Professor Christa Fouche



Christa has worked as an educator, researcher, social worker, manager, and consultant in various contexts internationally. She has developed advanced skills in leadership, teaching, and research scholarship and substantial expertise in the fields of workforce development and chronic illness. She is Director of the Centre for Community Research and Evaluation (CCRE) and actively involved in several practice-based research initiatives. As an applied researcher, she has significant experience in developing and maintaining effective networks with multiple stakeholders through active involvement with interdisciplinary and culturally diverse teams. Research on workforce development in the health and social services include the migrant professional workforce, with a particular focus on employees’ experiences of work and career wellness. Projects in the field of chronic illness build on expertise in HIV/AIDS, aged care, and health care delivery. She has conducted research and published widely on the creative utilisation of community-based sites and practice-based research strategies to enable research that makes a difference in practice. She has extensive experience as research supervisor and external examiner at universities internationally and act as reviewer and board member for various professional journals. 

Research | Current

Projects focused on aspects of health and chronic illness and on workforce development in the social services include:

  • HiddenVoices: An exploration of the health needs of children growing up out of place
  • Boom Towns: Effective social service provision at the intersect of local government, the not-for-profit and the private sector
  • Crossing Borders: The training needs of overseas-trained social workers 
  • Educating future health care professionals to support people with chronic conditions 

Recent community research projects include:

  • The experiences of HIV positive Black African Migrants in New Zealand. More information here: 
  • Work-life experiences of people caring for individuals living with Alzheimers disease (refer to the co-authored book with Marilyn Waring, Managing Mayhem: Work Life Balance in New Zealand).
  • Research development and utilization in the social services. Visit the Growing Research in practice (GRIP) website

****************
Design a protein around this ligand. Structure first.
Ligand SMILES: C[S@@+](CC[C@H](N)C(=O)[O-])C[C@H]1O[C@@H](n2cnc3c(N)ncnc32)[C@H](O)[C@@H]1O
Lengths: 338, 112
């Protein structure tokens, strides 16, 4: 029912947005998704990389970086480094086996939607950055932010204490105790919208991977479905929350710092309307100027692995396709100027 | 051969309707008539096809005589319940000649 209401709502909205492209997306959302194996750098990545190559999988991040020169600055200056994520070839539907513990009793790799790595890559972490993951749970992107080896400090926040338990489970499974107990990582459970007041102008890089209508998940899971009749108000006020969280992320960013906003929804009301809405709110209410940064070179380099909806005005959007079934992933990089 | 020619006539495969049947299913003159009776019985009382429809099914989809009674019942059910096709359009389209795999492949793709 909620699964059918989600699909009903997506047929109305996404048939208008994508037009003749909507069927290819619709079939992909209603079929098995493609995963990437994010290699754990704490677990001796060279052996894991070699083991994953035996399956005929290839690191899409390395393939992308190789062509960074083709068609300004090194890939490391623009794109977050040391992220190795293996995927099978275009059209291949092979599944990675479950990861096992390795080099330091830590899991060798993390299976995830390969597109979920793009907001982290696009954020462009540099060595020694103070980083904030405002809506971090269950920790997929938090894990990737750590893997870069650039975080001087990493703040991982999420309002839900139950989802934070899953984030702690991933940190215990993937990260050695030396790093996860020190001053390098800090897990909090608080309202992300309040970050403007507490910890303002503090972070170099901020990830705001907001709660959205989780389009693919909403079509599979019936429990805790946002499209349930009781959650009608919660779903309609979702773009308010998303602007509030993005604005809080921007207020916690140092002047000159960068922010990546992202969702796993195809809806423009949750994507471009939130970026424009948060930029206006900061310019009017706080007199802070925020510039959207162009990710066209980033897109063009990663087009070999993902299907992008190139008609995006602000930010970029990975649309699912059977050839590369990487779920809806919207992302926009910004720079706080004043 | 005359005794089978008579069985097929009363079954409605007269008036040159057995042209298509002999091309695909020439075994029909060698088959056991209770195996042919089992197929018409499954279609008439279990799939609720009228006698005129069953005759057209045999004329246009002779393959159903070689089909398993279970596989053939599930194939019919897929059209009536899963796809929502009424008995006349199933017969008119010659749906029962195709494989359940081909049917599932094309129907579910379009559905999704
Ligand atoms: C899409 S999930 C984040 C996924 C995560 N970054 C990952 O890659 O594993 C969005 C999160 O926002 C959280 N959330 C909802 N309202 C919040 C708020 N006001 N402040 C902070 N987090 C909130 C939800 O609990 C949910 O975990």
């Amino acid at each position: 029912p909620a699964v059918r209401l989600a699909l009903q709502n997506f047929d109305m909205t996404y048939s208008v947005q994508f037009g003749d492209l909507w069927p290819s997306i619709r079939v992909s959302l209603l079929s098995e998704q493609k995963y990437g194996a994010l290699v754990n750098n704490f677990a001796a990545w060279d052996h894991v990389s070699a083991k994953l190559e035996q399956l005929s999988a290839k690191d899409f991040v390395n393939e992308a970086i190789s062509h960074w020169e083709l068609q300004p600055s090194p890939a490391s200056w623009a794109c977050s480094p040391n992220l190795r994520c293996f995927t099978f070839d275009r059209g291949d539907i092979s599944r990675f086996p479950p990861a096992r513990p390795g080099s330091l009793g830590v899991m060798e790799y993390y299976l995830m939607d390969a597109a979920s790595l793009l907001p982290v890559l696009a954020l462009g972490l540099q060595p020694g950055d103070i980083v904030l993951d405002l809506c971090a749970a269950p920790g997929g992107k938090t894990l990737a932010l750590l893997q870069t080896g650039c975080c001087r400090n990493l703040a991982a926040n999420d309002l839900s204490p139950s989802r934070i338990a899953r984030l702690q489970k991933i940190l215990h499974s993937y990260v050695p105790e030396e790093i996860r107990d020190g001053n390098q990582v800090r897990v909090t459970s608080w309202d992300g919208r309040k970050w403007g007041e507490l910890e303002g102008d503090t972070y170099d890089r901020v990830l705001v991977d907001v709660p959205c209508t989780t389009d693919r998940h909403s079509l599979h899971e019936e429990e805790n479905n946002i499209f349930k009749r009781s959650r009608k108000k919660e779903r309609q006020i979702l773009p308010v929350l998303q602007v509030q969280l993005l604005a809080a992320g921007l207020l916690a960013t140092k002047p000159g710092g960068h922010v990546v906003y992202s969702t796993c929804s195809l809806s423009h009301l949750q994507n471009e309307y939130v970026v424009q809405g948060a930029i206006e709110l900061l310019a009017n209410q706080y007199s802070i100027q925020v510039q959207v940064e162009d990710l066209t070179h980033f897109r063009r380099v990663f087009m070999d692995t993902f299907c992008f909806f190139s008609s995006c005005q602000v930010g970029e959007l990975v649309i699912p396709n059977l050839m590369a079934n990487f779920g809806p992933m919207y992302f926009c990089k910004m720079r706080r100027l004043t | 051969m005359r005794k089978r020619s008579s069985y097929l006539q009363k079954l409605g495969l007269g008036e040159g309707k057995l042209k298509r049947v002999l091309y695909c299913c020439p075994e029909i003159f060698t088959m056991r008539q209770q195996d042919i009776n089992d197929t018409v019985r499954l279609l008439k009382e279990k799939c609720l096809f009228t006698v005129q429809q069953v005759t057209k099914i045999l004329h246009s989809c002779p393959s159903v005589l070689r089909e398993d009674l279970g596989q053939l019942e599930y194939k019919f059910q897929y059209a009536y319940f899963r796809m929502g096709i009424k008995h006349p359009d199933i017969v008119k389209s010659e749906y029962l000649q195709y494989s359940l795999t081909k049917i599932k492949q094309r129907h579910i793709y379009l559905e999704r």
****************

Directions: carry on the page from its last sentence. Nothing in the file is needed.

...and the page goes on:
Postgraduate supervision

Christa has supervised to successful completion, research projects of Honours, Masters and Doctoral candidates in the social sciences on a wide range of topics and methodologies.

She currently acts as external examiner and/or moderator for Honours, Masters and Doctoral course work and research dissertations for different academic departments of a number of Universities internationally. Current doctoral supervisions include:

  • Chinnery, S. The importance of ‘state of mind’ in fostering a secure base.
  • Chubb, L. Creating Conversations: Using Community-Based Participatory Action Research to Develop a Platform for Sex Talk in Coast, Kenya.
  • Davys, A. Interprofessional supervision: Mapping the interface between professional knowledge, practice imperatives and difference.
  • Han, Y. The lived experiences of couples in culturally diverse reationships
  • KA Liya. Family reintegration experiences of young people after a positive youth development programme.
  • Mathew, A. The relationships between adolescents’ perceptions of family communication and adolescents’ internal strengths in India.
  • Smith, K. The impact and management of values in social work practice.
  • Thakkar, H.  ‘When I am no longer alive’: Understanding the influence of State funded supports and natural supports on the aspirations and apprehensions of the parents of severely disabled young adults. 
  • Thompson, A. Health care providers working together with families of a child with an undiagnosed neurological disorder to access, interpret, and use health care information. 
  • Urale-Baker, N. The place of song in contemporary Samoan funerals.  
  • Weld, N. Remaining on shaky ground: Exploring the concept of mental courage as perceived by older adults who survived the 2011 Christchurch earthquake.
  • Zhang, Wenli. Minimising gamling harm: lived experiences of Chinese casino players in New Zealand

Recently completed doctoral candidates include: 

  • Booysen, P. Counselling competency in NZ social work practice (2017)
  • Rankine, M. An Aotearoa/New Zealand perspective of supervision within community social service environments (2017)
  • Webster, M. Social work leadership in Aotearoa New Zealand (2017)

Areas of expertise

Research and teaching expertise focus on health and chronic illness and on workforce development in the social services.

Selected publications and creative works (Research Outputs)

Contact details

Primary office location

New Zealand